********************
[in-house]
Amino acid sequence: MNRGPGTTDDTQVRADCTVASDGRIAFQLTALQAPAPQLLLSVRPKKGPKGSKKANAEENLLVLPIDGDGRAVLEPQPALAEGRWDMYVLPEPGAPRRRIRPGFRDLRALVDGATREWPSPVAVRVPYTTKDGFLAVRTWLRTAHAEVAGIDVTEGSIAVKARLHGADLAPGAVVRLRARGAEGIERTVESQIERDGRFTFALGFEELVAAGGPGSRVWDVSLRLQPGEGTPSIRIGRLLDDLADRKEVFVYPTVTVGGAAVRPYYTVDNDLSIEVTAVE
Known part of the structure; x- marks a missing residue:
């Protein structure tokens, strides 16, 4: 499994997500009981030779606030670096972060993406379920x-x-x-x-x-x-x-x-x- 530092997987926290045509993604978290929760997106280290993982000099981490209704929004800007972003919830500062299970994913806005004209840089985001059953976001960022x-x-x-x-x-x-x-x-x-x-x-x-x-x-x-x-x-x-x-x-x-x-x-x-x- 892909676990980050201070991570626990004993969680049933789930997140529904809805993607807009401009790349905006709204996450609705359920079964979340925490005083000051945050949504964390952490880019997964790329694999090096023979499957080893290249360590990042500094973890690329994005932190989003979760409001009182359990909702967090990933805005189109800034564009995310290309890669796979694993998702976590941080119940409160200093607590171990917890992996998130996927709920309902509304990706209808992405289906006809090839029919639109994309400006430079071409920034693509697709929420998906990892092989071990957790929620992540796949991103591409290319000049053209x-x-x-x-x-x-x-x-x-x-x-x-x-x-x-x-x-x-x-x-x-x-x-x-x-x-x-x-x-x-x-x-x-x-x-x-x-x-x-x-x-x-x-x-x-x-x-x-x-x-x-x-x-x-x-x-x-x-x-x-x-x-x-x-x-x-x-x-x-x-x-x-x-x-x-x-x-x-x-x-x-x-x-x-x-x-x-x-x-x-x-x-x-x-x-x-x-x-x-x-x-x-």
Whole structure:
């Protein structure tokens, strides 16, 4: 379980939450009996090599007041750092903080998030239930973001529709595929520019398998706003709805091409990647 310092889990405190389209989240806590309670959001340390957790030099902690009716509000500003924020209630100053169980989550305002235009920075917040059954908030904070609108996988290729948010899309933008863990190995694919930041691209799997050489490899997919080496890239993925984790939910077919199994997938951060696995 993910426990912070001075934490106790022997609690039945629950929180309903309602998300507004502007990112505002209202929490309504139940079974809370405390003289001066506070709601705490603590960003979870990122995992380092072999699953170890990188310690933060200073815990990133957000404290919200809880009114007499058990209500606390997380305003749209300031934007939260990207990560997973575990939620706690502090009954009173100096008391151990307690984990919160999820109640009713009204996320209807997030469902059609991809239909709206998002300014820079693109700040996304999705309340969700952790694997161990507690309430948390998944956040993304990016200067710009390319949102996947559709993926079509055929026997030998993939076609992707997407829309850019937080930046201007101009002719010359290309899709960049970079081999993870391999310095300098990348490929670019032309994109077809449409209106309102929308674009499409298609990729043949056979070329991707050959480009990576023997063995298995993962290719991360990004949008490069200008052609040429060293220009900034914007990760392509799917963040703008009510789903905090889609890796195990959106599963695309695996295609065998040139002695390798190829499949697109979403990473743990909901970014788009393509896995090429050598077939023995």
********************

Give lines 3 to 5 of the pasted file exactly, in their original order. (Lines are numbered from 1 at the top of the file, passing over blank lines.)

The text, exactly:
Known part of the structure; x- marks a missing residue:
């Protein structure tokens, strides 16, 4: 499994997500009981030779606030670096972060993406379920x-x-x-x-x-x-x-x-x- 530092997987926290045509993604978290929760997106280290993982000099981490209704929004800007972003919830500062299970994913806005004209840089985001059953976001960022x-x-x-x-x-x-x-x-x-x-x-x-x-x-x-x-x-x-x-x-x-x-x-x-x- 892909676990980050201070991570626990004993969680049933789930997140529904809805993607807009401009790349905006709204996450609705359920079964979340925490005083000051945050949504964390952490880019997964790329694999090096023979499957080893290249360590990042500094973890690329994005932190989003979760409001009182359990909702967090990933805005189109800034564009995310290309890669796979694993998702976590941080119940409160200093607590171990917890992996998130996927709920309902509304990706209808992405289906006809090839029919639109994309400006430079071409920034693509697709929420998906990892092989071990957790929620992540796949991103591409290319000049053209x-x-x-x-x-x-x-x-x-x-x-x-x-x-x-x-x-x-x-x-x-x-x-x-x-x-x-x-x-x-x-x-x-x-x-x-x-x-x-x-x-x-x-x-x-x-x-x-x-x-x-x-x-x-x-x-x-x-x-x-x-x-x-x-x-x-x-x-x-x-x-x-x-x-x-x-x-x-x-x-x-x-x-x-x-x-x-x-x-x-x-x-x-x-x-x-x-x-x-x-x-x-």
Whole structure: